Resources & Information

COVID-19 Licensure FAQs

I have graduated PA school but I have been unable to sit the PANCE examination. Is it possible for me to obtain a North Carolina PA license?

Yes. NCMB has approved an order allowing new physician assistant (PA) graduates who have not taken the required PANCE testing to be issued a temporary license. The license will be valid for up to six months and will allow a PA to practice under the supervision of an on-site physician.


I have obtained an emergency temporary license to treat North Carolina patients during the COVID-19 pandemic. When will it expire?

Emergency temporary licenses obtained during the current state of emergency will expire 30 days after the state of emergency is lifted. This will allow a “wind down” period to facilitate continuity of care. NCMB issued an order to authorize this expiration date.


Q: I’m a physician or PA licensed in another state and I would like to assist with North Carolina’s COVID-19 response, either in person or via telemedicine. How can I do that?

A: First, thank you for your willingness to serve. North Carolina offers two pathways that allow physicians and PA to quickly obtain an emergency license. There is no fee, and licenses are typically issued within 48 business hours.

1.  Physicians or PAs who are currently licensed in a jurisdiction other than North Carolina may apply for a limited emergency license.
2.  Physicians or PAs who were previously licensed in North Carolina and who inactivated a medical license within the past 24 months may apply for an emergency temporary license


Q: I am volunteering in North Carolina. Do I need malpractice insurance? Am I covered by the Good Samaritan Law?

A: North Carolina does not require providers to have malpractice insurance and the Board cannot recommend a carrier or particular type of coverage. Clinicians should consult with a malpractice carrier of their choice for options. Liability is limited for volunteers offering services at no charge at designated facilities. Please see N.C.G.S. 90-21.16 for more information.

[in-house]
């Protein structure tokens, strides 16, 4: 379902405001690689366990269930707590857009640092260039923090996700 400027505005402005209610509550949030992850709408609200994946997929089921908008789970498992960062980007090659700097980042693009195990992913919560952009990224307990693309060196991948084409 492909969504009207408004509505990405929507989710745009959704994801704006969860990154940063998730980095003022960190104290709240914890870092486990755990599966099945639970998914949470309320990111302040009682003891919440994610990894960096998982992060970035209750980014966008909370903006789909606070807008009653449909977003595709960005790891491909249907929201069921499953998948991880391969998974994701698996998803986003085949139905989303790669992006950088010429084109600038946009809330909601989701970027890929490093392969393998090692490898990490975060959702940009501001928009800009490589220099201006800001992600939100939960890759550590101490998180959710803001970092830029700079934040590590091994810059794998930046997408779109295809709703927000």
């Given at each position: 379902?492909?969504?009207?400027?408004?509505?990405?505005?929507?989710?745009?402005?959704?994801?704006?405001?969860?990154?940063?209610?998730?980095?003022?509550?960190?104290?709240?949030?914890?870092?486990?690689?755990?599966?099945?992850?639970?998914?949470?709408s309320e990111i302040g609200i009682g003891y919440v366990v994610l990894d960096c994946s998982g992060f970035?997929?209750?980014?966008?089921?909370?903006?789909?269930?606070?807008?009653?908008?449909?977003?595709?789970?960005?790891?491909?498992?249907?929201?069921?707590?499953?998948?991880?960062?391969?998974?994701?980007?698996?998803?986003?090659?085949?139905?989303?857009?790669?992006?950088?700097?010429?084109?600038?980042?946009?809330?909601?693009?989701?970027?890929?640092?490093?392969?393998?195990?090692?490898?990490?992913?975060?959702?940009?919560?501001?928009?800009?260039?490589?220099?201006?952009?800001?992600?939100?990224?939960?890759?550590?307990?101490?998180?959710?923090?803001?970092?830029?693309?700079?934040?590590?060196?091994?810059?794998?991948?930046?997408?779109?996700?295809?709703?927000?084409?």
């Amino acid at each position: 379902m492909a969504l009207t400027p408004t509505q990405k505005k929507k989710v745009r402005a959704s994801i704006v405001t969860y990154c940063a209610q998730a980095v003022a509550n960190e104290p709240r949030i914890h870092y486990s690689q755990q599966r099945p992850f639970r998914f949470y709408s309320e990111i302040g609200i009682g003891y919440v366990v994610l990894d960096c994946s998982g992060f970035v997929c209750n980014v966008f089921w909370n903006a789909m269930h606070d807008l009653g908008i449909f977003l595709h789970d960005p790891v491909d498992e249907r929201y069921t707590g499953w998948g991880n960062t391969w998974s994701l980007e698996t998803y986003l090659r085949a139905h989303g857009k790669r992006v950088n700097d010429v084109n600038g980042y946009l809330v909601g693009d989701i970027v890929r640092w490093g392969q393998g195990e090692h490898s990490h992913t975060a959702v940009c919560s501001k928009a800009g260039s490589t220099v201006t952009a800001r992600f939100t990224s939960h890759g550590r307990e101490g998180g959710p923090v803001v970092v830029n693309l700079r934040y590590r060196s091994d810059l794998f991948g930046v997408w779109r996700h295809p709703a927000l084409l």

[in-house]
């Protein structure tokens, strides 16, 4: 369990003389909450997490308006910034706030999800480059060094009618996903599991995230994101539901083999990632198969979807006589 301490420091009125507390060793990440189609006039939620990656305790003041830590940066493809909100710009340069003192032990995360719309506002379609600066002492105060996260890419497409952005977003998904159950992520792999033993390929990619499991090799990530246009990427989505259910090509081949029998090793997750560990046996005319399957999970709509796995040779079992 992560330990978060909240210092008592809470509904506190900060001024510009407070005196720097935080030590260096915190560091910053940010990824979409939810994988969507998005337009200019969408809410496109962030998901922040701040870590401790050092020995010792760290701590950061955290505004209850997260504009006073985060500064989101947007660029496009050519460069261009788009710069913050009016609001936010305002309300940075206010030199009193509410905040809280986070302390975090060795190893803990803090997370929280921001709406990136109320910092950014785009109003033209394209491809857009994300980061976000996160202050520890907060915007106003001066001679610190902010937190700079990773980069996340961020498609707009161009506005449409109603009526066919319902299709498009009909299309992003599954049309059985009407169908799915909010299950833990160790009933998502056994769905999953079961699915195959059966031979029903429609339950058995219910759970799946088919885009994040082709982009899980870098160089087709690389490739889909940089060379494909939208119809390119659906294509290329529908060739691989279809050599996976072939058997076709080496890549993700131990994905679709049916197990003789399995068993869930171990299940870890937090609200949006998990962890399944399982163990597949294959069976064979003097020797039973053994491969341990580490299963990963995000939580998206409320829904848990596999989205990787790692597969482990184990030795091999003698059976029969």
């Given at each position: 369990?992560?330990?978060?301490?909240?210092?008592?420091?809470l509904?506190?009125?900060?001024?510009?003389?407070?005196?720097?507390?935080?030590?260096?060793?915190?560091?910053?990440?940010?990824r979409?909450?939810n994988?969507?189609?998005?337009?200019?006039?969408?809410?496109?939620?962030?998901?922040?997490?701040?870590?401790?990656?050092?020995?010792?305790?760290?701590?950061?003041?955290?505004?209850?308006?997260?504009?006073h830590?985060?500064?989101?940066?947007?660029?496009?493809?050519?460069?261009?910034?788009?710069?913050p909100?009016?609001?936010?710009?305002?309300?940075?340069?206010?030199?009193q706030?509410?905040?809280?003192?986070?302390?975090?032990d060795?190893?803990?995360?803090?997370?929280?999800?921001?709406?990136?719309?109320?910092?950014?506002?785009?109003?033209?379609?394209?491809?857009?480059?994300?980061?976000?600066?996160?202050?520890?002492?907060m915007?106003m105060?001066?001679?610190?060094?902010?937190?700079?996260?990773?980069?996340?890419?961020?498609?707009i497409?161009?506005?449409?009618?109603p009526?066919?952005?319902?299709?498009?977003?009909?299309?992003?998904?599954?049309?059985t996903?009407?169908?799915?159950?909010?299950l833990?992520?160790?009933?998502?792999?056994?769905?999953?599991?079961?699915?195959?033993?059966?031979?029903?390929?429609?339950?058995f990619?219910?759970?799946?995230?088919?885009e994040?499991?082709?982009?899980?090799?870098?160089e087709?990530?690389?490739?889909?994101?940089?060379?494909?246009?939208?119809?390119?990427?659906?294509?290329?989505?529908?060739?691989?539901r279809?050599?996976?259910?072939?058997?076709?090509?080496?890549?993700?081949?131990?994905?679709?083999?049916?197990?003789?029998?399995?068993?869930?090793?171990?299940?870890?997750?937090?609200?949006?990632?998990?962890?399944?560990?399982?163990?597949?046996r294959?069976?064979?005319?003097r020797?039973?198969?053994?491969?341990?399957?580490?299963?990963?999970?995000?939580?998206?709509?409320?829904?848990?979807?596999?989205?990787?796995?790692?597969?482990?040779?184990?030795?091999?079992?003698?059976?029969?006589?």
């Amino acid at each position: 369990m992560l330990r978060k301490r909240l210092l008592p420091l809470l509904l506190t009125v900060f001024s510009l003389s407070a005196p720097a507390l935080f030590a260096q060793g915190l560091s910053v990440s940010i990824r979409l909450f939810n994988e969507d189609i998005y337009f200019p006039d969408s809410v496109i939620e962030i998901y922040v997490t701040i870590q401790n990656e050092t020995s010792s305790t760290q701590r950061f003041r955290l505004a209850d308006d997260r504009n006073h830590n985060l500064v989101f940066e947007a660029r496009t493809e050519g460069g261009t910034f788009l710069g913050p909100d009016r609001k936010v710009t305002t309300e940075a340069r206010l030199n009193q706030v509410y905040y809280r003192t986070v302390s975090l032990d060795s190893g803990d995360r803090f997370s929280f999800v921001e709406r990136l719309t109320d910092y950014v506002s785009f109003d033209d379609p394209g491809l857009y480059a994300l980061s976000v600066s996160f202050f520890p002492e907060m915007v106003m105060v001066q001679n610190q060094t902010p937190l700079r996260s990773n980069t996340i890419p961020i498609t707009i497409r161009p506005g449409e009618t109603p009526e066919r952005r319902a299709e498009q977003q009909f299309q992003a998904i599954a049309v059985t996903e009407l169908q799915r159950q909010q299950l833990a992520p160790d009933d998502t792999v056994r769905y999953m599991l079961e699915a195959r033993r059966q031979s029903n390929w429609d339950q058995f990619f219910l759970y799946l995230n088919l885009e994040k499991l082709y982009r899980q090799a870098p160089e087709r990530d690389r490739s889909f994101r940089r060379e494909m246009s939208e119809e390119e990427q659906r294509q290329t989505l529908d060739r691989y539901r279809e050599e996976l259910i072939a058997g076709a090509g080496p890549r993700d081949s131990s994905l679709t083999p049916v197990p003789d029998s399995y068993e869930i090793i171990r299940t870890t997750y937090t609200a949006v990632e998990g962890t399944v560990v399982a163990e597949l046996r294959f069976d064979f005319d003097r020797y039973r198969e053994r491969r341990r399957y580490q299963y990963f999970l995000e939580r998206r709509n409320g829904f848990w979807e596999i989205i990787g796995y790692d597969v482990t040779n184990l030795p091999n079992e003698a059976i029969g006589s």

Q: I’ve had an inactive license for more than two years. May I obtain an emergency temporary license to assist with North Carolina’s COVID-19 response?

A: No. During the state of emergency, NCMB is currently granting emergency licensure only to inactive and retired licenses who inactivated a medical license within the last 24 months and meet certain other conditions as specified in these rules.


Q: I am unable to complete fingerprint cards for my license application because the locations that prepare these cards have ceased operation due to COVID-19. Can my license application be processed without them?

A: Yes. NCMB has issued an order to temporarily postpone background check requirement for license applications. During the current state of emergency, applicants will not need to have a background check to be issued a North Carolina medical license.  Applicants will be required to obtain a background check at a later date.  If the background check does not reveal any concerning information, the license application will be considered complete.  If concerning information is revealed, NCMB may investigate and take action against the license.  Applicants who fail to obtain a background check as directed by NCMB may also face disciplinary action.


Q: Can a fourth-year medical student who has matched at a North Carolina graduate medical education training institution obtain a resident training license without fully completing the medical license examination?

A: Yes. NCMB is aware that, due to the COVID-19 pandemic, testing sites are not currently offering the opportunity to sit required medical licensing examinations. NCMB has issued an order to postpone USMLE and COMLEX–USA Step/Level 2 testing requirements for medical students prior to beginning a residency program, during the current state of emergency. This will allow medical students who have otherwise completed the requirements to graduate from medical school and been accepted into a North Carolina residency training program to start their residency.


Q: Can a clinician who is licensed in North Carolina with a resident training license who is completing fellowship training assist with North Carolina’s COVID-19 response?

A: Yes. NCMB recognizes that fellows are fully qualified clinicians who may be needed to meet rising demand for care in North Carolina. NCMB has issued an order  to allow fellows who currently hold a NC resident training license, to apply for a temporary emergency license, which would allow the fellow to assist with North Carolina’s COVID-19 response.